Healing. One of the great strengths of servant-leadership is the potential for healing one’s self and others. Many people have broken spirits and have suffered from a variety of emotional hurts. Although this is part of being human, servant-leaders recognize that they also have an opportunity to “help make whole” those with whom they come in contact. In “The Servant as Leader” Greenleaf writes: “There is something subtle communicated to one who is being served and led if implicit in the compact between servant-leader and led is the understanding that the search for wholeness is something they share.”
Awareness. General awareness, and especially self-awareness, strengthens the servant-leader. Awareness also aids one in understanding issues involving ethics and values. It lends itself to being able to view most situations from a more integrated, holistic position. As Greenleaf observed: “Awareness is not a giver of solace–it is just the opposite. It is a disturber and an awakener. Able leaders are usually sharply awake and reasonably disturbed. They are not seekers after solace. They have their own inner serenity.”
Persuasion. Another characteristic of servant-leaders is a primary reliance on persuasion rather than positional authority in making decisions within an organization. The servant-leader seeks to convince others rather than coerce compliance. This particular element offers one of the clearest distinctions between the traditional authoritarian model and that of servant-leadership. The servant-leader is effective at building consensus within groups.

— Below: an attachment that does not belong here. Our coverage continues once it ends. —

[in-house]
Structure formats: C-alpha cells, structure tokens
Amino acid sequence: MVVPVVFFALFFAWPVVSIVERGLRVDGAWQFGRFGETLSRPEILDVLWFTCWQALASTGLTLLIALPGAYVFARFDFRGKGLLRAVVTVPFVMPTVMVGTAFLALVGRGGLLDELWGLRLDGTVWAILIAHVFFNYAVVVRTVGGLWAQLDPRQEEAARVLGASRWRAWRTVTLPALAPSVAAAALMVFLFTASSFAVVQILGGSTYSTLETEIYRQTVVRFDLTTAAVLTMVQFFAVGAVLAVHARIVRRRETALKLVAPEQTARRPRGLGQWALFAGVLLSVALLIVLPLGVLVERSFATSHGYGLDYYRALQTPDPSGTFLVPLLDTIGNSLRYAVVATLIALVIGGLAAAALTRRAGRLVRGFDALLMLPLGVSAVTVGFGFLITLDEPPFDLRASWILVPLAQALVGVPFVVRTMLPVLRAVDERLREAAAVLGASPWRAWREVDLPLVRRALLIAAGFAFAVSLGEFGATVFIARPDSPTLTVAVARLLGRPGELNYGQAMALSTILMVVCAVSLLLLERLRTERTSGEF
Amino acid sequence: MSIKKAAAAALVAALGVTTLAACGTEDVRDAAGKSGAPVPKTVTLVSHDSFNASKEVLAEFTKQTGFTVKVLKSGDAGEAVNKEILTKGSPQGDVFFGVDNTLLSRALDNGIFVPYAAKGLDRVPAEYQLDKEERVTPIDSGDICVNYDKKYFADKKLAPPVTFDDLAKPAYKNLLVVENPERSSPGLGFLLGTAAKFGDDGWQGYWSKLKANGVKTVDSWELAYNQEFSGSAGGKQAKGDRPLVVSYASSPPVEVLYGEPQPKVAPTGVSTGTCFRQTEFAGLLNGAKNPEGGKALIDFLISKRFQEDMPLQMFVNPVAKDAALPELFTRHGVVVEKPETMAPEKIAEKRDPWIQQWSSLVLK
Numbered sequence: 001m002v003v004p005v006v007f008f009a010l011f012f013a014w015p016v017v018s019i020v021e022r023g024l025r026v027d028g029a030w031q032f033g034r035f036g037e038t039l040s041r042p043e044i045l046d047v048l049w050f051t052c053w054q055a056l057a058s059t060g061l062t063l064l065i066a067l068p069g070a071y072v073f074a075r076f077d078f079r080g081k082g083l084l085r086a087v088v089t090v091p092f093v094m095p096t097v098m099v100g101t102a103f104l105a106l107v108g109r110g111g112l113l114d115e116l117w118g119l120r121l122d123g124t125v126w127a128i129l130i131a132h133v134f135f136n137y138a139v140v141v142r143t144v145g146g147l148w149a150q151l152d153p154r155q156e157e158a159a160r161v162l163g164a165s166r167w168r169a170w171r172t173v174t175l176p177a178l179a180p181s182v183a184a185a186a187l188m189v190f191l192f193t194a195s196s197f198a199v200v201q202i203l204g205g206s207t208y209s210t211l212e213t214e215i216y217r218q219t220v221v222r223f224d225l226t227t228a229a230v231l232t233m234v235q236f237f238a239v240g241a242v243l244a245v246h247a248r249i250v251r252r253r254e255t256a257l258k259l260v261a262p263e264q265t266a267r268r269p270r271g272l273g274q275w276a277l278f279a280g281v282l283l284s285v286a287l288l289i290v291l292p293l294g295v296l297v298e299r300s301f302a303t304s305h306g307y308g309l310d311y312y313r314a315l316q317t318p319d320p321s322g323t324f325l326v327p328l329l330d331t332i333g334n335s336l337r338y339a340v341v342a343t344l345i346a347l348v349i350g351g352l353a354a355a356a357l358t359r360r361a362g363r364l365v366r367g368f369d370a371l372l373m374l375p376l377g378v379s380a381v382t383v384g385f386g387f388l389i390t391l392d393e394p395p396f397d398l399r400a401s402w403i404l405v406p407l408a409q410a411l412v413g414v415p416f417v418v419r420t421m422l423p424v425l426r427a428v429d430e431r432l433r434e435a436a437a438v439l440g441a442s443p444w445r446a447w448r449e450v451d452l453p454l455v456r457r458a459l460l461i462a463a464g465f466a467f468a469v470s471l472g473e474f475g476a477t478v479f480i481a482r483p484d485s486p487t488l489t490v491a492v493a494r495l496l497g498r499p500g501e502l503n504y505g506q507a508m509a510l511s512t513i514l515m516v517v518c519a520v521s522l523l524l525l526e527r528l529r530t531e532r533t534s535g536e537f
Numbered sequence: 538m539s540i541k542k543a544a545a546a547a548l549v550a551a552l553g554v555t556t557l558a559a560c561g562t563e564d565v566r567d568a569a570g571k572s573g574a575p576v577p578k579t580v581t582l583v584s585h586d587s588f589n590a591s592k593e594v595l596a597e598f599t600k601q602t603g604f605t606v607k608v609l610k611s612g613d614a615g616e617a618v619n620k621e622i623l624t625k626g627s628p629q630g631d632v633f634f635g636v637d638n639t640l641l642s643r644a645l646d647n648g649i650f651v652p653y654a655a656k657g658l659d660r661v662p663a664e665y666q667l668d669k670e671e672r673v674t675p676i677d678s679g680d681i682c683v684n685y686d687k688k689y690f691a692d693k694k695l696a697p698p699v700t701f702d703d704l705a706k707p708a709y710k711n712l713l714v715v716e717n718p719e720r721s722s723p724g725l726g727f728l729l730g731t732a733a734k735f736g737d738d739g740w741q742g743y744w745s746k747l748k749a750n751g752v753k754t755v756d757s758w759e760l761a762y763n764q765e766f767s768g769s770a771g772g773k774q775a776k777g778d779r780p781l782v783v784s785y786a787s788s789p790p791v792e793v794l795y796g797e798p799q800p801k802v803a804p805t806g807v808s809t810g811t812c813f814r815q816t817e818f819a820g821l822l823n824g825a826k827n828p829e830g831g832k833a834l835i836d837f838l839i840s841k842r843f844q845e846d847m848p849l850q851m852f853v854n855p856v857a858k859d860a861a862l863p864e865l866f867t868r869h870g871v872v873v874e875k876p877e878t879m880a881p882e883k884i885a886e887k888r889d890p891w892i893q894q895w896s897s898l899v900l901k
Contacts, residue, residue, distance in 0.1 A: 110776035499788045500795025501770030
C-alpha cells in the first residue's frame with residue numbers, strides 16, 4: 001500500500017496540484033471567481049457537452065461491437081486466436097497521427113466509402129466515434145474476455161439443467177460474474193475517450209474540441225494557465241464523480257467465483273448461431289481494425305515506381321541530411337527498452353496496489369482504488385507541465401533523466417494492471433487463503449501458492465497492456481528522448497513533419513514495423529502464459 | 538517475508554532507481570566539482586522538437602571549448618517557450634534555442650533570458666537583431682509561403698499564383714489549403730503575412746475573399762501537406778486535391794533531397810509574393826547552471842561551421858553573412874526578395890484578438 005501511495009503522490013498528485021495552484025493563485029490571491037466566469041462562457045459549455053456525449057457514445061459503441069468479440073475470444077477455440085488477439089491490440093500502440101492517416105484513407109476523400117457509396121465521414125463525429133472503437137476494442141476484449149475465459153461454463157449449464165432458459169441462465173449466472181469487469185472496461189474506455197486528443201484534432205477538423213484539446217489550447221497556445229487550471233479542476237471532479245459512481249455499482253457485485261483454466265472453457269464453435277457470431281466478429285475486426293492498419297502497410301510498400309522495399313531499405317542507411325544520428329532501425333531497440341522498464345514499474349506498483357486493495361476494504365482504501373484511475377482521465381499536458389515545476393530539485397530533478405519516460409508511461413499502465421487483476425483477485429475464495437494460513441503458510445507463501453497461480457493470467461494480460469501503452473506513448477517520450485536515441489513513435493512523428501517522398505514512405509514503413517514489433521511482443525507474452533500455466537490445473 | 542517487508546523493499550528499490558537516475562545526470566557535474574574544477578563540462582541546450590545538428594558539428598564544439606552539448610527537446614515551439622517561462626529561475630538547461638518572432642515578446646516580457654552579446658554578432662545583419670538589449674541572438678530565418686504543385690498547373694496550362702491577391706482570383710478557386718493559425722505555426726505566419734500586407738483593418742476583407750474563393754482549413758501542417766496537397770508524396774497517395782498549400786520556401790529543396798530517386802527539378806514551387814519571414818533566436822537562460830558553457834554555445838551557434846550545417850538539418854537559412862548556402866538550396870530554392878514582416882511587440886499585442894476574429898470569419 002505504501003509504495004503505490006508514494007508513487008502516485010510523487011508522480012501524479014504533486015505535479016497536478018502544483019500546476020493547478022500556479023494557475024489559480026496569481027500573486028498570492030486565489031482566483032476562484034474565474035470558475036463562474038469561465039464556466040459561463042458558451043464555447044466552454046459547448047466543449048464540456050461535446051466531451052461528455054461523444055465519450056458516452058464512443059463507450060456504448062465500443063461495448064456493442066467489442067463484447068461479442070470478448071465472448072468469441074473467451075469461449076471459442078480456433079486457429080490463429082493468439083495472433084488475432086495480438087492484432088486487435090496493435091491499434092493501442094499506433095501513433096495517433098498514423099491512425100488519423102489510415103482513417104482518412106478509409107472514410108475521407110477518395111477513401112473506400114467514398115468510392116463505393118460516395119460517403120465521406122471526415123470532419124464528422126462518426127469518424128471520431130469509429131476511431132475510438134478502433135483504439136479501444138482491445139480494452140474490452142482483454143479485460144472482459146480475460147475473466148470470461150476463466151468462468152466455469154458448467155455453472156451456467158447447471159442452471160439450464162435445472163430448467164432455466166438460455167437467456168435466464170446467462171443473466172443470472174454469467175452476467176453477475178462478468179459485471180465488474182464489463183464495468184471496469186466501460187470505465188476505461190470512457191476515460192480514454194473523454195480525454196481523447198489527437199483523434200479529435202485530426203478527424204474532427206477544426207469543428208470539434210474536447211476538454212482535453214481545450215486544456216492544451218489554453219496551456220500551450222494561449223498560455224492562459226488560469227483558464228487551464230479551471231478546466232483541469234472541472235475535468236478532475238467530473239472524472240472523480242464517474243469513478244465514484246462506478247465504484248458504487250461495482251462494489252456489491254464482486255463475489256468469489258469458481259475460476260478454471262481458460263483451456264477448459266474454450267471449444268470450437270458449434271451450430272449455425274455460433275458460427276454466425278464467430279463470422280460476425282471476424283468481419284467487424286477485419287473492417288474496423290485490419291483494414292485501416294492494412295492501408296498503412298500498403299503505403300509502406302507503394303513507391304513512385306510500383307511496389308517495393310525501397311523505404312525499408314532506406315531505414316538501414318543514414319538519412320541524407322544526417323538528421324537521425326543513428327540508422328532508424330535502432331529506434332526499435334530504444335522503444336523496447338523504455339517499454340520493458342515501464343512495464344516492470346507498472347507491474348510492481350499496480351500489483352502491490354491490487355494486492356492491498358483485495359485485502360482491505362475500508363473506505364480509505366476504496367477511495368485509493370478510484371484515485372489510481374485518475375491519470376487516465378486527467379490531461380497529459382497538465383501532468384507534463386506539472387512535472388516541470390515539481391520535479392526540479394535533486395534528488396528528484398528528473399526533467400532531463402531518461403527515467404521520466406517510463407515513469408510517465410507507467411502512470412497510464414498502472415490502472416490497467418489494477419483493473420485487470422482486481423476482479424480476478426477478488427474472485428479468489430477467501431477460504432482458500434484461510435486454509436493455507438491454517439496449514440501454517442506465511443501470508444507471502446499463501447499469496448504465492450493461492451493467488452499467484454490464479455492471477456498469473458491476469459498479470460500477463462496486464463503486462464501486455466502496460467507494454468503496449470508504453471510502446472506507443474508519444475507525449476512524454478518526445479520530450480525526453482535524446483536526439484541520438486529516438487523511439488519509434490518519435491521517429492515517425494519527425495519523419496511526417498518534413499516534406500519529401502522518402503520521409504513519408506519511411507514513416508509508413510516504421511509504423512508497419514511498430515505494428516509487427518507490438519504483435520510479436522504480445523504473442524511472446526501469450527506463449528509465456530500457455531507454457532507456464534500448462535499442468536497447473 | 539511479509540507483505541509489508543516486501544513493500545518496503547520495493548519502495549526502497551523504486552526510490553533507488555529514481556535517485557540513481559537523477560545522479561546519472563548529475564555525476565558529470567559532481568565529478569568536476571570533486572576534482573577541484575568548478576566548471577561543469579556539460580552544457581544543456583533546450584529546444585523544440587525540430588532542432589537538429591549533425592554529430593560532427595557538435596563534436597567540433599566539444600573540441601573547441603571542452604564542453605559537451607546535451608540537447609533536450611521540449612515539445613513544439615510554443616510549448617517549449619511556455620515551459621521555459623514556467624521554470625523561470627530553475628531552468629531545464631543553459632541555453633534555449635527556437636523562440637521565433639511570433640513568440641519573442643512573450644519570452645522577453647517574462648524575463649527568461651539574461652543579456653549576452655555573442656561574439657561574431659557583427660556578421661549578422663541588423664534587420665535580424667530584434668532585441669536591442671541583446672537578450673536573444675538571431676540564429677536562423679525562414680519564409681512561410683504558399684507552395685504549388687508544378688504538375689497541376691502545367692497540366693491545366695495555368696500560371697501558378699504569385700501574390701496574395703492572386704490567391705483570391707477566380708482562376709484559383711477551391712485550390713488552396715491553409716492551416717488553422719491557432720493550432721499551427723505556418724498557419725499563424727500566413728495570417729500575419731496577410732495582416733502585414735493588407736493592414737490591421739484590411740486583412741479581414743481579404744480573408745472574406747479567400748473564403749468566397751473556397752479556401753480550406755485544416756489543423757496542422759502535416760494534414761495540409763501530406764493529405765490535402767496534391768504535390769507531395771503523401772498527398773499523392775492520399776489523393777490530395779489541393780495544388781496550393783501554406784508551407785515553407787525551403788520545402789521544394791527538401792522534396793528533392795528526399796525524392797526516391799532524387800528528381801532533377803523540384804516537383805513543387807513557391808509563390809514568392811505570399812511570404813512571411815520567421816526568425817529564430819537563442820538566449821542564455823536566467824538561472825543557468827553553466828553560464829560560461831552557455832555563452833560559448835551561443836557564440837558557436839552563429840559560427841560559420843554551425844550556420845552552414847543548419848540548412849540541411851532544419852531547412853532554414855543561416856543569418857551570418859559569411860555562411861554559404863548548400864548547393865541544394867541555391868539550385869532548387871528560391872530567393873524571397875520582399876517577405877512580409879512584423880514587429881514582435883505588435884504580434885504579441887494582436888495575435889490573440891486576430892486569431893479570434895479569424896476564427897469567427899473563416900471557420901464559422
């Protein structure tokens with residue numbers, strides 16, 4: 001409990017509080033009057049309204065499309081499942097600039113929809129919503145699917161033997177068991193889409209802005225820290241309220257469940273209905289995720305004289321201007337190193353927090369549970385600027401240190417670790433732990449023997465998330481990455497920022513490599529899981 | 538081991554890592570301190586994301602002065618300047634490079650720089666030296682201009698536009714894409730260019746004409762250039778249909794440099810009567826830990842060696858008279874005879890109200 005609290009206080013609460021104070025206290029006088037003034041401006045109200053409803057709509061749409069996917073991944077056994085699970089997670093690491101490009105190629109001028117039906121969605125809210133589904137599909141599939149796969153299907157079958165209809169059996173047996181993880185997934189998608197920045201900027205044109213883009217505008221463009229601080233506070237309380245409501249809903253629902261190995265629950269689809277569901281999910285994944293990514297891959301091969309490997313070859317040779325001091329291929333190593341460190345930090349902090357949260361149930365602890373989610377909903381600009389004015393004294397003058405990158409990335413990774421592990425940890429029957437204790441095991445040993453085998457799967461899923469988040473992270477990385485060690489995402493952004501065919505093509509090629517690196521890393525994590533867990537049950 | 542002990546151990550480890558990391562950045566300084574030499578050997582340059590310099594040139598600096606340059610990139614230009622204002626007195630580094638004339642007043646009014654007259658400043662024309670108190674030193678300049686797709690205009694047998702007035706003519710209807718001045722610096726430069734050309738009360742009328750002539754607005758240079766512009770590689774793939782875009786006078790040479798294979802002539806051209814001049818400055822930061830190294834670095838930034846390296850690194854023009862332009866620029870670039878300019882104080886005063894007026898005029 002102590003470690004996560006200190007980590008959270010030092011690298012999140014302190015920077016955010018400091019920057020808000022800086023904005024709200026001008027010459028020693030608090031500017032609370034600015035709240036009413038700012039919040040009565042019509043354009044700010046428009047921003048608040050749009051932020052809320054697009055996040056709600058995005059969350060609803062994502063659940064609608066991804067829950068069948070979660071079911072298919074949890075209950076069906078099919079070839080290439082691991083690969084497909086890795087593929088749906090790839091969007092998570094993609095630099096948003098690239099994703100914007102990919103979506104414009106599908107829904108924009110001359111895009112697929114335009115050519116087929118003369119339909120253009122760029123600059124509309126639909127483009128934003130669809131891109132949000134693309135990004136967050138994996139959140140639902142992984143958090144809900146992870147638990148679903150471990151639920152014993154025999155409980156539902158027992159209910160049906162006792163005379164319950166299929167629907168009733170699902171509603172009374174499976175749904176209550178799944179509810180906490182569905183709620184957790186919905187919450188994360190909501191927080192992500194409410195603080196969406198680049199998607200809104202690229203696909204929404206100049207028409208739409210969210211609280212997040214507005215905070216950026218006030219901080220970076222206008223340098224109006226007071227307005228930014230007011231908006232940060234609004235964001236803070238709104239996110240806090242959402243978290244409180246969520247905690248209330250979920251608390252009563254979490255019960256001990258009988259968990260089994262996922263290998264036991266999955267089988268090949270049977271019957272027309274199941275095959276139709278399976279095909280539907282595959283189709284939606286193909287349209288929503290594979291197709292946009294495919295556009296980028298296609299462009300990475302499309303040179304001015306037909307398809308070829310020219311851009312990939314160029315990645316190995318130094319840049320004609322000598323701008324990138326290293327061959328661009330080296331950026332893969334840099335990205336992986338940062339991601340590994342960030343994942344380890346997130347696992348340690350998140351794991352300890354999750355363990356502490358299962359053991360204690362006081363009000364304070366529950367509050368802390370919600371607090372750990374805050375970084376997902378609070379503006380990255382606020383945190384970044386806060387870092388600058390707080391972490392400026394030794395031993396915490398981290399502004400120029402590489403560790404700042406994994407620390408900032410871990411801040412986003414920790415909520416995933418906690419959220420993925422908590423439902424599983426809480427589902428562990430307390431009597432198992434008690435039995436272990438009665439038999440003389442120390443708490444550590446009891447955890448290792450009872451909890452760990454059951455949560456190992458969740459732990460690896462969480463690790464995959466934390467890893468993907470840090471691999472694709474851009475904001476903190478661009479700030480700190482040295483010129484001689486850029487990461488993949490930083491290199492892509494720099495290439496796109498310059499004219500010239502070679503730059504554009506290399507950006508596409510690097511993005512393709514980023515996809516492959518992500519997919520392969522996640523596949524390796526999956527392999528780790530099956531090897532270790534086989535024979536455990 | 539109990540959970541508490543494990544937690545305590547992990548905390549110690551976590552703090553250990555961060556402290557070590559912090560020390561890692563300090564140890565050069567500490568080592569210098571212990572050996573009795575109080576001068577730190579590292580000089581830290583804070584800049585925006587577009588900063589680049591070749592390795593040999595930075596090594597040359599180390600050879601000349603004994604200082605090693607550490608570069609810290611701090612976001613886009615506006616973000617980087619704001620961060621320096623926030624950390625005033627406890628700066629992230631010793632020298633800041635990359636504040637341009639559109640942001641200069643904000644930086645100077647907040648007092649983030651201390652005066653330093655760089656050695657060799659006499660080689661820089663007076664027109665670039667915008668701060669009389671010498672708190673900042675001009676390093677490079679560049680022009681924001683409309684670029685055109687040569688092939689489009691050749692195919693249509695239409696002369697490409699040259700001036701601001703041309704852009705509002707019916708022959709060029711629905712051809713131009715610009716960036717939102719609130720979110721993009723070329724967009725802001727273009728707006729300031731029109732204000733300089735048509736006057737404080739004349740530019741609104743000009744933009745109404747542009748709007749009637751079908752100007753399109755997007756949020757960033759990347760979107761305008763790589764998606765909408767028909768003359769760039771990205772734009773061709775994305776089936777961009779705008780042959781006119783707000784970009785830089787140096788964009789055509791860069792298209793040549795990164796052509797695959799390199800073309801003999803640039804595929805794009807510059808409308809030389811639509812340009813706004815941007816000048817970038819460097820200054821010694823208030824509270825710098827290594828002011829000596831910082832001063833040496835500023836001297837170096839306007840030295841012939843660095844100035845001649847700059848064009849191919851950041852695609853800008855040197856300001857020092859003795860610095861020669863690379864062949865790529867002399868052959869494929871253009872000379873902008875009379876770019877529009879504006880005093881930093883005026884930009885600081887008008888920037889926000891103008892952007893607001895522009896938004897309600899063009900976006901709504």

Conceptualization.Servant-leaders seek to nurture their abilities to “dream great dreams.” The ability to look at a problem (or an organization) from a conceptualizing perspective means that one must think beyond day-to-day realities. For many managers this is a characteristic that requires discipline and practice. Servant-leaders are called to seek a delicate balance between conceptual thinking and a day-to-day focused approach.
Foresight. Foresight is a characteristic that enables the servant-leader to understand the lessons from the past, the realities of the present, and the likely consequence of a decision for the future. It is also deeply rooted within the intuitive mind. Foresight remains a largely unexplored area in leadership studies, but one most deserving of careful attention.
Stewardship. Peter Block has defined stewardship as “holding something in trust for another.” Robert Greenleaf ‘s view of all institutions was one in which CEOs, staffs, and trustees all played significant roles in holding their institutions in trust for the greater good of society. Servant-leadership, like stewardship, assumes first and foremost a commitment to serving the needs of others. It also emphasizes the use of openness and persuasion rather than control.